Cheryl currently heads CommonWise, a design practice whose clients include corporations, nonprofits and foundations. She says, “Creation inevitably involves chaos and the destruction of existing norms. A willingness to ‘stick your finger in the fan’ is required to start a transformation, as well as a degree of honesty that leads through disruption to regeneration.” Innovation is messy, and when it is the goal, it’s important to remember that, as actor Annette Bening once said, “balance is overrated.” Cheryl observes, “The security to take risks does not come easily. The support that has allowed me to continue to evolve my work—walking away from one career in order to begin another, continuing to change and grow, following principles instead of reacting to pressures—has come from a 30-year relationship with my husband and partner Gary Scheft. He has been unwavering in his emotional support, and willing countless times to tell me, wherever I was in the world, ‘just come home, we’ll figure it out.’”

Just when she thought she had mastered the art of not striving, Cheryl was asked to create the first MFA program in Design for Social Innovation (DSI) at the School of Visual Arts, a program made up of a majority of women whose ages span three decades and who arrive at SVA with different backgrounds, from all over the globe. Cheryl and her DSI students find common ground: they share a passion for reshaping a world way out of whack, and the drive to use design as a tool for leading change. And now, as chair of DSI, Cheryl strives for her students.

Women are shaped by cultural norms that lead them to presume they can create harmony. This optimism can be a strength, but it also means that women often sublimate their own needs and opinions for what they see as the greater good. Cheryl adds, “Women are good at relationships and seeing the world from perspectives other than their own. These are critical skills, and now we have to figure out how to maintain them while introducing the kind of disruption that leads to a healthier reality.” So how can women rock the boat to effect change when they might well tip the boat over? Herein lies the emotional conflict for women: how to access your inner Kali.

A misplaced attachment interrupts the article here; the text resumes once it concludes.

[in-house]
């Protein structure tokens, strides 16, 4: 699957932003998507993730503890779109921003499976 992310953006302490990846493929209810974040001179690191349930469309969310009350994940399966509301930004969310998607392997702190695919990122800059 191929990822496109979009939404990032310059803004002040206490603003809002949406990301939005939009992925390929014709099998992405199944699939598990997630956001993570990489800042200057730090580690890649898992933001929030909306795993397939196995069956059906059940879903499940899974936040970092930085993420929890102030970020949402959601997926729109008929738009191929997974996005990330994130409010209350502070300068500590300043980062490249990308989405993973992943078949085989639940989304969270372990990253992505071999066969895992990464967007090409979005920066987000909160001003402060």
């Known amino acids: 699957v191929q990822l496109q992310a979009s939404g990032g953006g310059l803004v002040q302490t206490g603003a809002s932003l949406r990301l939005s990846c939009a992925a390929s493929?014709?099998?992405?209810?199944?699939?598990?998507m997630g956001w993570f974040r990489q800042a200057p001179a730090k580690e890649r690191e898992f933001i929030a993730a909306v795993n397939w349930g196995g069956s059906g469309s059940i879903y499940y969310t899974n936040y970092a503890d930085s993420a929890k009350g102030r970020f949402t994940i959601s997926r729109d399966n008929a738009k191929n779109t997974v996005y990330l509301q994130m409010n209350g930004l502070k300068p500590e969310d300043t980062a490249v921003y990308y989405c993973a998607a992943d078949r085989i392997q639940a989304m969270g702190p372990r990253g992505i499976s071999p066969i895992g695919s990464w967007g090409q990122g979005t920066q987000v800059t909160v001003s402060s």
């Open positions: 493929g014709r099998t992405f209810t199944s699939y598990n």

Twenty-three years ago Patrick Coyne asked me to create a column for this magazine that he would entitle “Design Issues” so that “it could be about anything.” I took it as an opportunity to invite my colleagues to jump on board and rock the boat with me. This has been both an honor and privilege but now as I must move on to new boats to rock, I want to thank you for bearing with me, for reading my words. ca

    2. Ulla G. Foehr, Victoria J. Rideout and Donald F. Roberts, “Generation M2: Media in the Lives of 8- to 18-Year-Olds” (2010)
    3. Marc Choueiti and Stacy L. Smith, “Gender Disparity On Screen and Behind the Camera in Family Films; The Executive Report” (2010)
    4. As of this writing, the House is made up of 18 percent women, and the Senate is 20 percent.
    5. World Bank
    6. Nicholas Kristof and Sheryl WuDunn, Half the Sky: Turning Oppression into Opportunity for Women Worldwide (New York: Random House, 2009), xvii Holland
DK Holland writes about design and teaches in two MFA design programs in New York, one at SVA and one at Pratt. She is an advisor to Project M and Design Ignites Change. Holland has been the editor of Design Issues since she started it in 1990. She is the author/producer of many books on design as well as Branding for Nonprofits. She is the producer of CitizenME, which creates transmedia tools that engage students in understanding how to become proactive citizens. Holland lives and works in her tiny nineteenth-century restored Italianate house and garden in Fort Greene, Brooklyn.